Love – that capacity which enables him to grasp the other human being in his very uniqueness
– that capacity which empowers him to grasp the meaning of a situation in
its very uniqueness. Both are intuitive capacities.
uniqueness envisaged by love refers to the unique possibilities the
loved person may have – – – the uniqueness envisaged by conscience
refers to a unique necessity, to a unique need one may have to meet. Vicktor Frankl
Frankl has discovered something very interesting about love. He calls it a capacity or an ability to absorb, finding its fulfillment by tenderly embracing another human being in their very one-of-a-kindness. Frankl goes on to say that this one-of-a-kindness, envisioned by love, refers to the special potentials the loved person may have. We could say then that love always “identifies” with another.
Frankel also mentions the conscience. It, too, owns capacity or hunger for grasping uniqueness, but this time regarding a never-before-happening situation. So, we have love discovering people and conscience discovering events. Important to both remain the particulars. Obviously, we have all met people who do these above functions outside of love and conscience.
Have you ever met a person who can’t wait to know you in detail? Have you ever met anybody who has to know every detail of the situation? Most of us would say, “yes,” and roll our eyes. Nevertheless, and in spite of the possible negatives here, a person in love may really be sincerely interested in what makes another person tic.
To take it a step further, because of love, some people feel happiness, sense of well-being, and feelings of people, as well as their pain, burden, and suffering. These love-motivated folks also seem to be able to assess situations accurately. It is my opinion that a person who loves is also a person with a good conscience.
In Paul’s letter to Timothy, he exhorts Tim to “hold faith and a good conscience.” Faith works by love, in Galatians, and all three of the above words come out of the heart. See, “to the pure all things are pure,” Titus 1:15, and this helps evaluations become accurate. But Paul said also to “let your love increase yet more and more in knowledge and discernment.” Philippians 1:9, which speaks of an insight into things and people.
Sympathy ( one’s feelings of caring) and empathy (one’s then sharing feelings) most definitely attend these kinds of loving people. Our High Priest, Jesus Christ is touched with the feelings of our infirmities. (Hebrews4). “In all of our affliction He is afflicted,” it says in Isaiah 63:9. Friends, in our ministering, we clean up and cover wounds, and in a sense, facilitate healing. However, we may have to love a person at the point of the lesion, and work out from there. Would you agree?
At around age 40 I had just returned from four years of church-planting attempts and took up cleaning carpets and delivering pizzas for “Papa Johns.” Our sons enrolled in Christian school and that tuition ain’t cheap. A transitional time, it was a challenging time. I started out feeling a bit wounded, remembering the challenges of the last 4 years.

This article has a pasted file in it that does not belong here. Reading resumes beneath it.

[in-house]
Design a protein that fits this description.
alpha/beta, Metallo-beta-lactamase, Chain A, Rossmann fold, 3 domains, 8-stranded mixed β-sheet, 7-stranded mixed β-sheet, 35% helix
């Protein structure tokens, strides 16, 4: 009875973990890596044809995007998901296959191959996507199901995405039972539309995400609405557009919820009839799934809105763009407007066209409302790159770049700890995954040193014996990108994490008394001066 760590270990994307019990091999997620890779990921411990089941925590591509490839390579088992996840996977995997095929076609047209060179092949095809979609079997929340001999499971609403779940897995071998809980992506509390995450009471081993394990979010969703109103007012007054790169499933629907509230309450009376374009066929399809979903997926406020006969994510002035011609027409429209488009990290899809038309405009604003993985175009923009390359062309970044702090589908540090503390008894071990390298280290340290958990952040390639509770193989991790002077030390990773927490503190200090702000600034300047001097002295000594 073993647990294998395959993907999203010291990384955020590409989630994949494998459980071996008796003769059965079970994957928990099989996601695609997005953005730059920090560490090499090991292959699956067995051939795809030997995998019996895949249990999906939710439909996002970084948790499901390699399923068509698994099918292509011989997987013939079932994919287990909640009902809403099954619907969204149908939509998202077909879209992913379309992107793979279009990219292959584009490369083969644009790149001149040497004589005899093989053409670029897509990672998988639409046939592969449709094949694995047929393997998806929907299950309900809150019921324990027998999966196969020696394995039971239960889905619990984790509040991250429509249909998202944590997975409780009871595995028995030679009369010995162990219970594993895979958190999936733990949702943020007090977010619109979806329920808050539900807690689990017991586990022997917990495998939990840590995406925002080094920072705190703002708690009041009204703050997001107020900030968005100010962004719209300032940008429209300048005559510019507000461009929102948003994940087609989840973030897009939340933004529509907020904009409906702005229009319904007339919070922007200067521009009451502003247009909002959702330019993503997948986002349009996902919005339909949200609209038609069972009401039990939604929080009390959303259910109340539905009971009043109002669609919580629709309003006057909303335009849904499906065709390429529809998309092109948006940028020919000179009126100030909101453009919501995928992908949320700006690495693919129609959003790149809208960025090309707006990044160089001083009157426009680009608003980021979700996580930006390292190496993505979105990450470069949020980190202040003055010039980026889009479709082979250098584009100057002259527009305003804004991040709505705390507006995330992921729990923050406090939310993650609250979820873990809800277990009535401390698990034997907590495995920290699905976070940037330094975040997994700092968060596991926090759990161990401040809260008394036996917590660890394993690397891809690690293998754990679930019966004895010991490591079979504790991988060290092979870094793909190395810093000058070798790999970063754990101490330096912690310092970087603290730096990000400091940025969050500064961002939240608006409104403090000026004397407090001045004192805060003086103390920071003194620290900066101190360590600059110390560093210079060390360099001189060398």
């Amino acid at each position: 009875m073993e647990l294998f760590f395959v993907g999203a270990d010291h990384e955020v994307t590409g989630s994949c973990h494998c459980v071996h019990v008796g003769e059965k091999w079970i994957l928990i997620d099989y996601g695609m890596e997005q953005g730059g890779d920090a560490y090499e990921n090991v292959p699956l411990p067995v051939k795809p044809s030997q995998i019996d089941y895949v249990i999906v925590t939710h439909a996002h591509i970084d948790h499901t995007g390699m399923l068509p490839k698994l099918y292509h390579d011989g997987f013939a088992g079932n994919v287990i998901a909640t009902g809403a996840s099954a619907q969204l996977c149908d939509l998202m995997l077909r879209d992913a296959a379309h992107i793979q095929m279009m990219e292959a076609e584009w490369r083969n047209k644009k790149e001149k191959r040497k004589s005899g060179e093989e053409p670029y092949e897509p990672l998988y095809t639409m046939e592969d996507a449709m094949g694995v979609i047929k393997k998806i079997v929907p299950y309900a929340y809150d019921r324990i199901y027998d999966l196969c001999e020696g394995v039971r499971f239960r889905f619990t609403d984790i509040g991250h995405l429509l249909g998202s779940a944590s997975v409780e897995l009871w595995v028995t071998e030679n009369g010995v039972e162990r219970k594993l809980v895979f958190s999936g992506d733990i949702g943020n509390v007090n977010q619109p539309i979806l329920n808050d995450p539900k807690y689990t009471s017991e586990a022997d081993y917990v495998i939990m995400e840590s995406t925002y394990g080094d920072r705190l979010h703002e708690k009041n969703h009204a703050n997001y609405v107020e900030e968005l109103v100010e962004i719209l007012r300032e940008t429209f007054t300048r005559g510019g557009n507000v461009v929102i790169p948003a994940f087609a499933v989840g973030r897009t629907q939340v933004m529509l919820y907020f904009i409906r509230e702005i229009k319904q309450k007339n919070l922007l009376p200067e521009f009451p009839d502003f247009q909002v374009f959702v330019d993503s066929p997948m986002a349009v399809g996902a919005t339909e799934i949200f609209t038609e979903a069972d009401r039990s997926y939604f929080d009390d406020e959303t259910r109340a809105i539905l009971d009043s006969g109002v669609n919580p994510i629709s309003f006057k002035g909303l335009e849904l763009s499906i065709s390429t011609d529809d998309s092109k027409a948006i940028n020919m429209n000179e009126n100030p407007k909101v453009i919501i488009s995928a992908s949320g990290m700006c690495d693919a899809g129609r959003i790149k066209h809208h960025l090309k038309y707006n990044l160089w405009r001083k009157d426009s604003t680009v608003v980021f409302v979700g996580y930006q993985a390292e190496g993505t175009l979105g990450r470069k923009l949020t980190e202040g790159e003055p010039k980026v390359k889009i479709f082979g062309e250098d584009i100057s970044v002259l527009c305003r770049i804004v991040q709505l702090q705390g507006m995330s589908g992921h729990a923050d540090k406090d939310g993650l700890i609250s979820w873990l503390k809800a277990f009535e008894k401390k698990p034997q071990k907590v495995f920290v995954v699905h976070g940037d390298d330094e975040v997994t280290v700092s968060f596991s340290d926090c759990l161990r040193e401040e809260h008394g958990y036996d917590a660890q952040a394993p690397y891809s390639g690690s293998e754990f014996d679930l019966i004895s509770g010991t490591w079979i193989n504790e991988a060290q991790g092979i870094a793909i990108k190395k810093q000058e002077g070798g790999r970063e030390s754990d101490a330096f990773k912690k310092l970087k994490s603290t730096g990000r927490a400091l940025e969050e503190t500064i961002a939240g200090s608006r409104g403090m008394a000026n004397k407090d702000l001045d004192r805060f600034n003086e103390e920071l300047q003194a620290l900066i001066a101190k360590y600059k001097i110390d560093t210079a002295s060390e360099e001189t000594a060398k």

Anyway, on my first or second night of Pizza delivery a customer scammed me the cost and tip of 2 pizzas. I will not relay his refined technique (I’m not convinced yet), but it frittered away my whole night’s effort. These kinds of incidents hit the driver’s personal pocket, by rule of the Pizza Company. There was no retrieval.
So the picture is this: 40 year old pizza driver, working with 18-25 year old peers, gets conned. He must report to his 23 year old boss who is a girl. A lot embarrassed, and feeling like a needy child, I stumbled into the boss’s office to settle up for the night. I was almost in tears, and the worst part; I desperately needed the money.
Well, without so much as a whimper from me, this little 23 year old boss, upon hearing my report, went straight to the cash drawer and pulled out a sum of money which would equal the amount lost and the tip. She handed me the cash. She did not make a scene, she did not scold me, she did not act out of duty or even respect for my age. It was not the policy of Papa “John’s.” I believe to this day, she straightly identified, in sympathy and empathy, with a person grief-oriented and attended to his wound. I held back a gush of tears, knowing God was behind it, her eyesight was restricted. I opened the floodgates later in the car.
Lastly, “identification” means; I put myself in the other person’s shoes and do the mile. Without love, the simple acts of compassion and pity and loving interest and care are not present. Precious friends, Christ came, and from the beginning, displayed identifying love; an interest in us and our particular situation, and yes, in detail!
So brothers and sisters, do we have a need, then, can we be honest with ourselves? Do we have a situation, are we hurting or are we overwhelmed with joy? No matter, the lover of our soul is doing with His love, what love does —that is, to share intimately with us and individually in us. Friends, perhaps we sow in tears today; very possible; but if we do, we will reap in joy. Amen! thank you Jesus!